reaction, the transition state resembles the reactants. [margin note: This is known as Hammond postulate] Since the hydrogen
abstraction reaction with Cl** ^{.}** is more exothermic, the C-H bond cleavage in this case will be minimal. Therefore, the observed KIE of
only 1.5 with chlorination of toluene is clearly consistent with the above analysis. The value for the reaction with bromine is closer to
what one would expect for a greater degree of bond cleavage. In general, if the KIE is greater than 2, it usually implies that there is
considerable C-H bond cleavage at the transition state.

**Origin of Equilibrium Isotope Effects**

Let us now see if we can explain the equilibrium isotope effects shown earlier in equations 1 and 2. Substitution by a heavier isotope
always lowers the zero point energy. The magnitude of change is greater in systems with higher intrinsic vibrational frequency. For
example, the stretching vibrational frequencies for H_{2} and H_{2}O are 4370 and 3440 cm^{-1}, respectively. Introduction of tritium (^{3}H)
produces a large decrease in the frequencies. The values for HT and HOT (O-T bond) are approximately 3570 and 2100 cm^{-1},
respectively. Therefore, one can see that the combination of HT and H_{2}O will have higher ZPE than the combination of H_{2} and HOT,
resulting in the equilibrium isotope effect which is greater than unity. The precise numerical value will depend on the temperature. For
quantitative prediction, all the vibrational modes (including bending modes) of the species involved should be taken into account.
Similarly, the equilibrium isotope effect for equation 2 can be calculated if all the vibrational frequencies are known.

**Concluding Remarks**

We have shown how the magnitudes of primary KIE can be used to derive information about transition states of reactions. We have exclusively discussed examples of isotope effects resulting from the replacement of hydrogen by its isotopes. Isotope effects should also exist with heavier atoms, such as C, N, S, Cl etc. However, since the ratio of reduced mass approaches unity as the atomic weight increases, the KIE values become smaller for heavier atoms. Typically, such isotope effects are between 1 and 1.1. Since the rate variations are very small, special efforts are needed to measure them with high precision.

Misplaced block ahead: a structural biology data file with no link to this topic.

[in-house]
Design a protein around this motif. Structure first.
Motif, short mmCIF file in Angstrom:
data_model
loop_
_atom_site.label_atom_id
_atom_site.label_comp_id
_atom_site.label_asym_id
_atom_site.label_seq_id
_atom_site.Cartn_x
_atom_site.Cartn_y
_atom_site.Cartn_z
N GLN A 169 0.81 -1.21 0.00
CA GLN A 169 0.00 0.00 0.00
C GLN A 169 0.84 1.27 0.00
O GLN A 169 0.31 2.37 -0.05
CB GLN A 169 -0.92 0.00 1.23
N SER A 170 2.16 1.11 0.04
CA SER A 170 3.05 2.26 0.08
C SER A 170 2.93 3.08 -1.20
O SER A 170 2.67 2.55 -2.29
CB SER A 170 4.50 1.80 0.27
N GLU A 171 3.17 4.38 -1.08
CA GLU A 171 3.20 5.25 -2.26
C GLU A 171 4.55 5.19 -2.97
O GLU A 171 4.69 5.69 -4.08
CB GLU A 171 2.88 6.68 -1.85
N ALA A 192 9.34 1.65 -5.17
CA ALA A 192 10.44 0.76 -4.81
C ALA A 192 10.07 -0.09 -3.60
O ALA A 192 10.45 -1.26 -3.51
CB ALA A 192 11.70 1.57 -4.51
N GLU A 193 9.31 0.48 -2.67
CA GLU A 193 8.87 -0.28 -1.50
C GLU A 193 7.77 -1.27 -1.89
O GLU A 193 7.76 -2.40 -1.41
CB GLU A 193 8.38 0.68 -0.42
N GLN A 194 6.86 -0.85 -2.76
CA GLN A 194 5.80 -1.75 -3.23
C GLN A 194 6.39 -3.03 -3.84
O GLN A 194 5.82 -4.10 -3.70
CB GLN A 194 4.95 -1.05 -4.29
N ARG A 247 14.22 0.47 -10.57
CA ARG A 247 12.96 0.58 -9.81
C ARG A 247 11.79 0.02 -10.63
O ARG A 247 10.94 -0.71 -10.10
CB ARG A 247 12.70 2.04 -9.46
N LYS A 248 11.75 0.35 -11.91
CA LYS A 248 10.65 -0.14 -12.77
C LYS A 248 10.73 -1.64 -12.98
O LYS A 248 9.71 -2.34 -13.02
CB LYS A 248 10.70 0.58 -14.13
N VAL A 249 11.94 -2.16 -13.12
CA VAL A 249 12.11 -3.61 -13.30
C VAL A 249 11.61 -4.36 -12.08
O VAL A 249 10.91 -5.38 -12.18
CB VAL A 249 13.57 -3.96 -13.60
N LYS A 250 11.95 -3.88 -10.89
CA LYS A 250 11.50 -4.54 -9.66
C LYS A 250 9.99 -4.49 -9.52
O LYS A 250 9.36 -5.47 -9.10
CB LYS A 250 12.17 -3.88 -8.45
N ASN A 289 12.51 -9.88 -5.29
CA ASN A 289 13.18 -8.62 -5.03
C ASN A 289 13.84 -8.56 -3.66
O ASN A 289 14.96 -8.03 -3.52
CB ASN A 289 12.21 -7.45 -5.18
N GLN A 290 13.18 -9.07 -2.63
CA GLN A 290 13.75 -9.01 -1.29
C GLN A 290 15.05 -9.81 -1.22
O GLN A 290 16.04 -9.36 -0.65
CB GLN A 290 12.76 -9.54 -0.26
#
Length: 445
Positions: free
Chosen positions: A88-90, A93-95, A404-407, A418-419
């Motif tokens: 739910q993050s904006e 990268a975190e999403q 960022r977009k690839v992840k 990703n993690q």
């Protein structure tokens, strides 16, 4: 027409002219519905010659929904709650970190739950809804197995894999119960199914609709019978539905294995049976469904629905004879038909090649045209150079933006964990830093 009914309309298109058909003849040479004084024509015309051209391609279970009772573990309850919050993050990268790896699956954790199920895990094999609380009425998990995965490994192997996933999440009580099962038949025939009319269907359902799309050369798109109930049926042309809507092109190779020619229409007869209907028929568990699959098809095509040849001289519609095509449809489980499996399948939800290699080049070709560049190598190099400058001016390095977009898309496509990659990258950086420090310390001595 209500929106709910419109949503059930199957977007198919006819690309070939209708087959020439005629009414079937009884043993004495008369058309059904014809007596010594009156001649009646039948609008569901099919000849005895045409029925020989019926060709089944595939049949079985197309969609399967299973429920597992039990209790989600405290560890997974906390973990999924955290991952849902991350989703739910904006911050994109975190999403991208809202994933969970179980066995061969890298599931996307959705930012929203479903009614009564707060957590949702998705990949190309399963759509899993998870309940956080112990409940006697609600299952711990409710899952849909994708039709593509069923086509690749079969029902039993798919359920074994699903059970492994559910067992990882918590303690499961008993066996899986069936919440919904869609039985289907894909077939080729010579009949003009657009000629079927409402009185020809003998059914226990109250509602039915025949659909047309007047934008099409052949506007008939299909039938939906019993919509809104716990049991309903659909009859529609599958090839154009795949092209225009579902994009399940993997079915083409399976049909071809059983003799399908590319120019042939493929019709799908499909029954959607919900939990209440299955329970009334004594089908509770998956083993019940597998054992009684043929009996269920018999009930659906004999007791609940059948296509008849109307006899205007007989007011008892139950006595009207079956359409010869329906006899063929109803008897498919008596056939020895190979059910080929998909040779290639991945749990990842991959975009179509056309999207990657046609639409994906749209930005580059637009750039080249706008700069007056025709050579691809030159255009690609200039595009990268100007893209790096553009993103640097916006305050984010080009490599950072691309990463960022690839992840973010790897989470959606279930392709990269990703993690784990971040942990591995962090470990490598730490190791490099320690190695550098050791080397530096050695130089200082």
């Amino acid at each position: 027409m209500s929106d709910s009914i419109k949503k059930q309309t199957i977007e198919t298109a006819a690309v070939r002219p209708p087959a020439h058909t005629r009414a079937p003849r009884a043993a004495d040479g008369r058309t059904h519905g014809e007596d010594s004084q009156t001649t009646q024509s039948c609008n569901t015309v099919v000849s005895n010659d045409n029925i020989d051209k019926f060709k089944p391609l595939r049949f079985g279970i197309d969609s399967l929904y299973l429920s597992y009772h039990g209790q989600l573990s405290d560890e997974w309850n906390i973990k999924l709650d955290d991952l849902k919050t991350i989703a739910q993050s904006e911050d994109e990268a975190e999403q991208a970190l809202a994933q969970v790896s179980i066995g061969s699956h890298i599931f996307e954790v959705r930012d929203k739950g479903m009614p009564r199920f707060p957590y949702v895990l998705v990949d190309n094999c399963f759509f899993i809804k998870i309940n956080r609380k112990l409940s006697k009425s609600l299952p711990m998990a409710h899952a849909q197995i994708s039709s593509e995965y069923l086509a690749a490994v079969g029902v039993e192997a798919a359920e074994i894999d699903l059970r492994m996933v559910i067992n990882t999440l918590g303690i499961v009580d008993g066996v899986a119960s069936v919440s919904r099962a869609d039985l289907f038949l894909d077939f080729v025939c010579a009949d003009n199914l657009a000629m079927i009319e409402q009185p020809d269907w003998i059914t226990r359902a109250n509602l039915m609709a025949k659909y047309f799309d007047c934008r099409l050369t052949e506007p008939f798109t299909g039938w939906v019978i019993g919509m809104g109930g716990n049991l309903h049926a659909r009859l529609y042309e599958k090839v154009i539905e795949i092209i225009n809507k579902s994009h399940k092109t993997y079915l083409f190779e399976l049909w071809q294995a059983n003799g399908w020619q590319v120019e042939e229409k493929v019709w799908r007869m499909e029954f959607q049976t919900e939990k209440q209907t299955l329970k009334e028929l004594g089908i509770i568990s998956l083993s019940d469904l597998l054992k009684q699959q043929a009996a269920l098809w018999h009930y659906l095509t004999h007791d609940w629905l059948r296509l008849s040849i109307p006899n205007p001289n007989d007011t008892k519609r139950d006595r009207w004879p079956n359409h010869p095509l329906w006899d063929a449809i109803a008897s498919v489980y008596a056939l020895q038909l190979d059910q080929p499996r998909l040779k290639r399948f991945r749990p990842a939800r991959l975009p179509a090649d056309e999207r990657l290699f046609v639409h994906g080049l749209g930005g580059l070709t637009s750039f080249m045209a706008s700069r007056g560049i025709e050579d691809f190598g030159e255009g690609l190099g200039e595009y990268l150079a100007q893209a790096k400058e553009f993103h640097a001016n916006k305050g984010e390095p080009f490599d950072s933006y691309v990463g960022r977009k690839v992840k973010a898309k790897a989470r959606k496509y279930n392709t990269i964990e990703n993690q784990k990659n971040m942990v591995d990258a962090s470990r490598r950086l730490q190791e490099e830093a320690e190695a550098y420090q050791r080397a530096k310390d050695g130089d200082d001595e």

**Endnotes**

**1** The reduced mass µ of a system containing two masses M and m is given by:

1/µ** = **1/M + 1/m, or µ = Mm/(M+m)

We can see that typical values of reduced masses are ½ for H_{2}**, ** 2/3 for H-D and ¾ for H-T. ** **If the masses of the two atoms differ
significantly, the reduced mass will be closer to that of the lighter atom. For example, the reduced mass for the C-H bond is close to 1
(0.92), while that for C-D is 1.7.

**2 **A spectacularly large primary kinetic isotope effect is found in the intramolecular hydrogen abstraction reaction shown below.

The low temperature measurement contributes only partially to this large magnitude. A quantum mechanical process known as
*tunneling* is primarily responsible for this unusual effect. Tunneling usually involves light particles (electron, hydrogen atom). The
barrier should be low, and the width of the potential well should be small. Tunneling probability is highly sensitive to the mass. That's
why the rate drops dramatically on substitution of the hydrogen atom by deuterium. Extremely large KIE values are used to prove the
occurrence of tunneling.

**Suggested Reading**

Determination of Organic Reaction Mechanisms, B.K. Carpenter, John Wiley, New York, 1984.

Advanced Organic Chemistry, F.A. Carey and R.J. Sundberg, Part A, 3rd Ed., Plenum Press, New York, 1990.